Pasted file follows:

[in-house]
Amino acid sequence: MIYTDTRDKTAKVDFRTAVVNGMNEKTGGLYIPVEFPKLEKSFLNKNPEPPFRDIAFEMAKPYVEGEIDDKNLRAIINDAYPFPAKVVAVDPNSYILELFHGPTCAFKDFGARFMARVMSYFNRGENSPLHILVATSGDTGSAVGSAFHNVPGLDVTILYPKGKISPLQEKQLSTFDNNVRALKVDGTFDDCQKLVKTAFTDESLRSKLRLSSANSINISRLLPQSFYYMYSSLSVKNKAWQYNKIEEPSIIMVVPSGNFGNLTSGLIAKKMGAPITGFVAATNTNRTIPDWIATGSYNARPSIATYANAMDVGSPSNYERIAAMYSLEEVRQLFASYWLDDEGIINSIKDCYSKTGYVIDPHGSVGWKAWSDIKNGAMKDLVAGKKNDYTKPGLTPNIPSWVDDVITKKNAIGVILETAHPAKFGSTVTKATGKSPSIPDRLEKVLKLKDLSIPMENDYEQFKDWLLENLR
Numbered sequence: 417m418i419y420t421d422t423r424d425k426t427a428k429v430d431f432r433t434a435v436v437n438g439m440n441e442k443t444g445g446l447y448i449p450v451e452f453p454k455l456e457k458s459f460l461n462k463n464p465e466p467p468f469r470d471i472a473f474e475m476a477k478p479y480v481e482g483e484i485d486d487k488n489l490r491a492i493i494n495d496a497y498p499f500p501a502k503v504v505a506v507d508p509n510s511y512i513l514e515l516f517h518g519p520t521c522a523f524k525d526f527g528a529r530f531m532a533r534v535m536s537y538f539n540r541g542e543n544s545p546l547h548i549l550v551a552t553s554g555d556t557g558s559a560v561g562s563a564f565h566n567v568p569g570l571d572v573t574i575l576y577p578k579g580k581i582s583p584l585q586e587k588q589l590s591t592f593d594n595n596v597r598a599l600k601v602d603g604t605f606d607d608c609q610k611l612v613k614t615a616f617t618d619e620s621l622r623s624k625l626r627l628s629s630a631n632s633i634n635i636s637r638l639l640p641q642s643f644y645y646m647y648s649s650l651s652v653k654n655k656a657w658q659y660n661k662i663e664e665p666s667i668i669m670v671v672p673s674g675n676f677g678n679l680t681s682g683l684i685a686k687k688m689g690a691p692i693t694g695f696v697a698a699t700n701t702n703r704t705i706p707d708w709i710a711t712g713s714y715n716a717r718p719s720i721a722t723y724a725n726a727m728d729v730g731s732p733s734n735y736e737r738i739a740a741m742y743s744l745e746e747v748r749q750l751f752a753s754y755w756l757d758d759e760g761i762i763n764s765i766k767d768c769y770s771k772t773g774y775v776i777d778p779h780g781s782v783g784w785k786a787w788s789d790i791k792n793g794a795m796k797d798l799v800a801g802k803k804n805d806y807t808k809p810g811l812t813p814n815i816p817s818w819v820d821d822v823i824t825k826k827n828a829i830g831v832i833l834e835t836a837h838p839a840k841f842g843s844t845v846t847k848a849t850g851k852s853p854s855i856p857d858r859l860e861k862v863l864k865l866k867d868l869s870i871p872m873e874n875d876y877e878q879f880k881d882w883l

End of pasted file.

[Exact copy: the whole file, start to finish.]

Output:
[in-house]
Amino acid sequence: MIYTDTRDKTAKVDFRTAVVNGMNEKTGGLYIPVEFPKLEKSFLNKNPEPPFRDIAFEMAKPYVEGEIDDKNLRAIINDAYPFPAKVVAVDPNSYILELFHGPTCAFKDFGARFMARVMSYFNRGENSPLHILVATSGDTGSAVGSAFHNVPGLDVTILYPKGKISPLQEKQLSTFDNNVRALKVDGTFDDCQKLVKTAFTDESLRSKLRLSSANSINISRLLPQSFYYMYSSLSVKNKAWQYNKIEEPSIIMVVPSGNFGNLTSGLIAKKMGAPITGFVAATNTNRTIPDWIATGSYNARPSIATYANAMDVGSPSNYERIAAMYSLEEVRQLFASYWLDDEGIINSIKDCYSKTGYVIDPHGSVGWKAWSDIKNGAMKDLVAGKKNDYTKPGLTPNIPSWVDDVITKKNAIGVILETAHPAKFGSTVTKATGKSPSIPDRLEKVLKLKDLSIPMENDYEQFKDWLLENLR
Numbered sequence: 417m418i419y420t421d422t423r424d425k426t427a428k429v430d431f432r433t434a435v436v437n438g439m440n441e442k443t444g445g446l447y448i449p450v451e452f453p454k455l456e457k458s459f460l461n462k463n464p465e466p467p468f469r470d471i472a473f474e475m476a477k478p479y480v481e482g483e484i485d486d487k488n489l490r491a492i493i494n495d496a497y498p499f500p501a502k503v504v505a506v507d508p509n510s511y512i513l514e515l516f517h518g519p520t521c522a523f524k525d526f527g528a529r530f531m532a533r534v535m536s537y538f539n540r541g542e543n544s545p546l547h548i549l550v551a552t553s554g555d556t557g558s559a560v561g562s563a564f565h566n567v568p569g570l571d572v573t574i575l576y577p578k579g580k581i582s583p584l585q586e587k588q589l590s591t592f593d594n595n596v597r598a599l600k601v602d603g604t605f606d607d608c609q610k611l612v613k614t615a616f617t618d619e620s621l622r623s624k625l626r627l628s629s630a631n632s633i634n635i636s637r638l639l640p641q642s643f644y645y646m647y648s649s650l651s652v653k654n655k656a657w658q659y660n661k662i663e664e665p666s667i668i669m670v671v672p673s674g675n676f677g678n679l680t681s682g683l684i685a686k687k688m689g690a691p692i693t694g695f696v697a698a699t700n701t702n703r704t705i706p707d708w709i710a711t712g713s714y715n716a717r718p719s720i721a722t723y724a725n726a727m728d729v730g731s732p733s734n735y736e737r738i739a740a741m742y743s744l745e746e747v748r749q750l751f752a753s754y755w756l757d758d759e760g761i762i763n764s765i766k767d768c769y770s771k772t773g774y775v776i777d778p779h780g781s782v783g784w785k786a787w788s789d790i791k792n793g794a795m796k797d798l799v800a801g802k803k804n805d806y807t808k809p810g811l812t813p814n815i816p817s818w819v820d821d822v823i824t825k826k827n828a829i830g831v832i833l834e835t836a837h838p839a840k841f842g843s844t845v846t847k848a849t850g851k852s853p854s855i856p857d858r859l860e861k862v863l864k865l866k867d868l869s870i871p872m873e874n875d876y877e878q879f880k881d882w883l